Megan Lyford


Megan (Stiles) Lyford, MSDS alum and double Hoo, spoke at the Grace Hopper Celebration, the world’s largest gathering of women technologists, which took place September 29 – October 3, 2020.

Lyford graduated from UVA in 2010, with a double major in chemistry and philosophy. Through her jobs following graduation, she learned about data science and grew interested in the field.

 “I ended up in politics for about six years [after graduation]. Then, towards the end of that I got more interested in the analytics of fundraising and marketing,” Lyford said. “As I started to move into that field, I took a job briefly with a government contractor, doing marketing analytics with the intent to move into data science.”

 Lyford explained after her experiences in politics and marketing, she knew she wanted to do something more in the technical background behind marketing.

“I took a few online programming classes in Python and R, and I started to get more and more interested in data science,” she said.

From there, Lyford decided to apply to the MSDS program at the UVA School of Data Science, then the Data Science Institute.

“One thing I really like about data science is that there’s so many different applications to it. You can work in lots of different industries and applications for data science,” Lyford said. “That was something that really attracted me to the field.”

While at the School of Data Science, machine learning piqued Lyford’s interest, a skill which she uses daily in her job today.

“I really enjoyed the program,” Lyford said. “One of my favorite classes was a machine learning class taught by Abigail Flowers. I really enjoyed getting to know all my classmates. We all got to know each other pretty well and spent a lot of time together working on projects.”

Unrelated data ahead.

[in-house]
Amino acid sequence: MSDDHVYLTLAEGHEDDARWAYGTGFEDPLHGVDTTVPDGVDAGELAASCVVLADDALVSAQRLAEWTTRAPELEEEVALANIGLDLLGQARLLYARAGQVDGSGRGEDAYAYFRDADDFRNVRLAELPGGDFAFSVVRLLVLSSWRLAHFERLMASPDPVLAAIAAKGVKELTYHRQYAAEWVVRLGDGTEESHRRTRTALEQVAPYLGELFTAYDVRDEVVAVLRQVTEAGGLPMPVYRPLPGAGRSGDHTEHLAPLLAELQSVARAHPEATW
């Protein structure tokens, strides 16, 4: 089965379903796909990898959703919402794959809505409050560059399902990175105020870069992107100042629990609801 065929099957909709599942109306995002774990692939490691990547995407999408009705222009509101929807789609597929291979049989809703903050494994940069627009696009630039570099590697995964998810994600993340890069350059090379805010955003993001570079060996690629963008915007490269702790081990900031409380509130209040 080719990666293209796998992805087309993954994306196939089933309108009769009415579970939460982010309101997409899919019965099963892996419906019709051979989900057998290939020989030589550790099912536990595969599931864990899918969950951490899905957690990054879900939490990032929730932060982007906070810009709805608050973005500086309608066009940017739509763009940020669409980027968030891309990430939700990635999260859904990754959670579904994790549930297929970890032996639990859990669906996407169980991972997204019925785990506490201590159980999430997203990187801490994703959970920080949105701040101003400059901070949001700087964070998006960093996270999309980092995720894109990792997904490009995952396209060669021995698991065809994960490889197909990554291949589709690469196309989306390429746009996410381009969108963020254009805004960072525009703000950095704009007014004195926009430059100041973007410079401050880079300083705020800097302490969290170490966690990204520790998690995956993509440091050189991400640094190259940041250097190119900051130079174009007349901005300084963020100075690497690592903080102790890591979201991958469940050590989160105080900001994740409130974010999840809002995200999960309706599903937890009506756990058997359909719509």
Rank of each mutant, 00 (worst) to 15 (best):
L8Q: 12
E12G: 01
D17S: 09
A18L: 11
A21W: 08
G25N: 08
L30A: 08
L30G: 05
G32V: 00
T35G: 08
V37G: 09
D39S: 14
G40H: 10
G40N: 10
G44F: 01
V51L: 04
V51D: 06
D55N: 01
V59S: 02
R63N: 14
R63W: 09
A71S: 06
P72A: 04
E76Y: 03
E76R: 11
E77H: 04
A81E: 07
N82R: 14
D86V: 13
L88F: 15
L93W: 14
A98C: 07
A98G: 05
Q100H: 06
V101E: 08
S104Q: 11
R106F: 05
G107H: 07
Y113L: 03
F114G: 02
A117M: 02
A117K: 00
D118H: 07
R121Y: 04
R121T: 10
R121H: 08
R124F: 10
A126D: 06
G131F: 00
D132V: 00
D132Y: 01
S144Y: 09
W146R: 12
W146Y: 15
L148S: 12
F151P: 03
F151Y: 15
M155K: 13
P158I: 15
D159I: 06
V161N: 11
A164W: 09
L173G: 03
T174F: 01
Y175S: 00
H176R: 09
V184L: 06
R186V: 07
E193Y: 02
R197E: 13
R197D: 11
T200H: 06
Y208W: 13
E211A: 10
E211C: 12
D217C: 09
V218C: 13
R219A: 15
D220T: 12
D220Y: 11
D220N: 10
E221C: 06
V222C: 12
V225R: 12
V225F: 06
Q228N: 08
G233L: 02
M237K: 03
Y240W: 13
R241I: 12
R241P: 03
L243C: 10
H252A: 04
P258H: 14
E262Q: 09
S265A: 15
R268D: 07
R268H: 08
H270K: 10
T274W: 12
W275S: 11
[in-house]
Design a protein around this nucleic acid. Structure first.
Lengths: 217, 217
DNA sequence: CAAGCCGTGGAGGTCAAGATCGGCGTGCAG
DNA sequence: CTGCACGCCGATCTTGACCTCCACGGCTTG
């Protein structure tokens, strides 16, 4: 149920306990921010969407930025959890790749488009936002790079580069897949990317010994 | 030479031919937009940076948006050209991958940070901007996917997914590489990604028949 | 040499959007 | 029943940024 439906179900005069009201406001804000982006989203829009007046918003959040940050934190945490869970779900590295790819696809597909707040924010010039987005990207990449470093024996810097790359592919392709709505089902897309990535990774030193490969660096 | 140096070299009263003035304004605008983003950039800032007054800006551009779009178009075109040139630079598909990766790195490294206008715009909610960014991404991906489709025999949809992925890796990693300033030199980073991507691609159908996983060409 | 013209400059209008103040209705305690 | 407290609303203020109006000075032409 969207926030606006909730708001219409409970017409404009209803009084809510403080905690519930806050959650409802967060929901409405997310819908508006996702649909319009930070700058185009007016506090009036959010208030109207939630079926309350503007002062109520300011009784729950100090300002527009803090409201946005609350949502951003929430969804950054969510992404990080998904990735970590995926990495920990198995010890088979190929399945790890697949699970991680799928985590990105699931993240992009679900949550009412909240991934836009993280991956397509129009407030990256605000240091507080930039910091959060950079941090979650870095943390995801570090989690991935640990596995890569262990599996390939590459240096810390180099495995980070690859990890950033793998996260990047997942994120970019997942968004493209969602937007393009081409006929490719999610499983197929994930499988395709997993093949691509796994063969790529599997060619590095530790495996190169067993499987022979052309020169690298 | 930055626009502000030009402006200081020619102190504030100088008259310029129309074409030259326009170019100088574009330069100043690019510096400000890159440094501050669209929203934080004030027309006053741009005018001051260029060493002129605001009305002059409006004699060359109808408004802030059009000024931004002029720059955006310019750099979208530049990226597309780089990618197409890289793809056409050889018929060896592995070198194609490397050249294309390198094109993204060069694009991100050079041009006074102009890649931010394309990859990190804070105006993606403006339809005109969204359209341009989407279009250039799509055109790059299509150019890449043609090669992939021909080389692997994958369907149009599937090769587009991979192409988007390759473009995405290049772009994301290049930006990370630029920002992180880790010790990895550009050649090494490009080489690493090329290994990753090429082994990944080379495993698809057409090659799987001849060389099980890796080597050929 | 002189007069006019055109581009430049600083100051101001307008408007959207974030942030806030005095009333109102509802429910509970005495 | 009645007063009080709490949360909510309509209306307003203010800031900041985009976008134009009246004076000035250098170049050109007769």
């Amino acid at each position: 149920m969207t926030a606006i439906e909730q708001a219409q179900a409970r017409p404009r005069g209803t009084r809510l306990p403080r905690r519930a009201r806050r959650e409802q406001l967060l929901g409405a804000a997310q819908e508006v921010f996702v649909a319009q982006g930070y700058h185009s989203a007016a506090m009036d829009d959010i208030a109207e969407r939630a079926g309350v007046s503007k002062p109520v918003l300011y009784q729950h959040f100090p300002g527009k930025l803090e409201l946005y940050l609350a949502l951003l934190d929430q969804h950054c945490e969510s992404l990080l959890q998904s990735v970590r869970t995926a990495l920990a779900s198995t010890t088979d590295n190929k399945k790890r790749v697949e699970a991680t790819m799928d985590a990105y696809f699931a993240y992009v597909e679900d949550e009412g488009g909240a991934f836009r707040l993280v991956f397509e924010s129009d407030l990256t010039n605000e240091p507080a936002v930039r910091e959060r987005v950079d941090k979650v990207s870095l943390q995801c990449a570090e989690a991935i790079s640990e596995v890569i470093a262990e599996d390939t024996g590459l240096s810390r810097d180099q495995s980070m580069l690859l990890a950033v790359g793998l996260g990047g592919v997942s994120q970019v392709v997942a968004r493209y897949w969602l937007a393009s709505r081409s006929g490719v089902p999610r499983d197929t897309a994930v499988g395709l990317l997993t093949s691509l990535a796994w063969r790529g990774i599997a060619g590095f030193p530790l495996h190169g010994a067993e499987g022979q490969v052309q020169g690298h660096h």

Lyford began the job search while working towards her MSDS degree. She explained that although the job process can be daunting, especially while in school, networking was helpful. 

“I had a friend from undergrad who was working at Capital One, and the night before my interview at Capital One, I was staying at a hotel in Richmond and walked across the street to grab some dinner and I actually ran into that friend from undergrad.”

They had a great conversation about working at Capital One, and Lyford noted that her excitement for the job grew. 

“I really enjoyed all my interviewers,” Lyford recalled.

Then, she landed the job at Capital One, as a Data Analyst.

After graduation, she began working in the Capital One offices in Northern Virginia. After a year into the job, she transitioned into a different role, as a Principal Data Scientist. In this job, Lyford works to combat fraud, where her interest in machine learning came back.

“I build machine learning models that detect and prevent fraud.”

She went on to explain that fraud is such a growing problem and one that will not go away anytime soon. 

Lyford presented on this work at the Grace Hopper Celebration this year. She explained the process of learning about the conference and being accepted to present. 

“I went to the conference last year with Capital One,” she said. “I got to go to all the sessions and talk to lots of different companies and hear lots of great presentations. Then I had a colleague this past year who suggested that we submit the work we’ve been doing to present at Grace Hopper.” 

While excited about the opportunity, Lyford explained that she was hesitant at first since the conference was set to take place during her maternity leave. 

Lyford explained that she and her colleague submitted their talk in June, right before she welcomed her first child into the world. 

The acceptance rate for Grace Hopper is 9%, and Lyford noted that she was not expecting to get accepted. She and her colleague were thrilled to be accepted and present at this conference, which brings together thousands of women in technology from around the world. Lyford also noted that her work colleagues were so supportive of her as she adjusted to parenthood and presented at Grace Hopper, while on maternity leave. 

Over 30,000 people attend this event annually. The conference, though virtual this year, was just as successful. 

“We were talking about a machine learning service Capital One uses for fraud prevention. Primarily, it was on a hybrid feature calculation system,” Lyford explained. “Essentially, we calculate some of our features in real time and some of our features in batch, which allows us to use more data.”

 To women in technology, Lyford gave motivating advice.

“The best advice is to be confident and speak up, especially in meetings. Own your work. You know the data and your work better than anyone else, so you should be confident in how you’re presenting it.”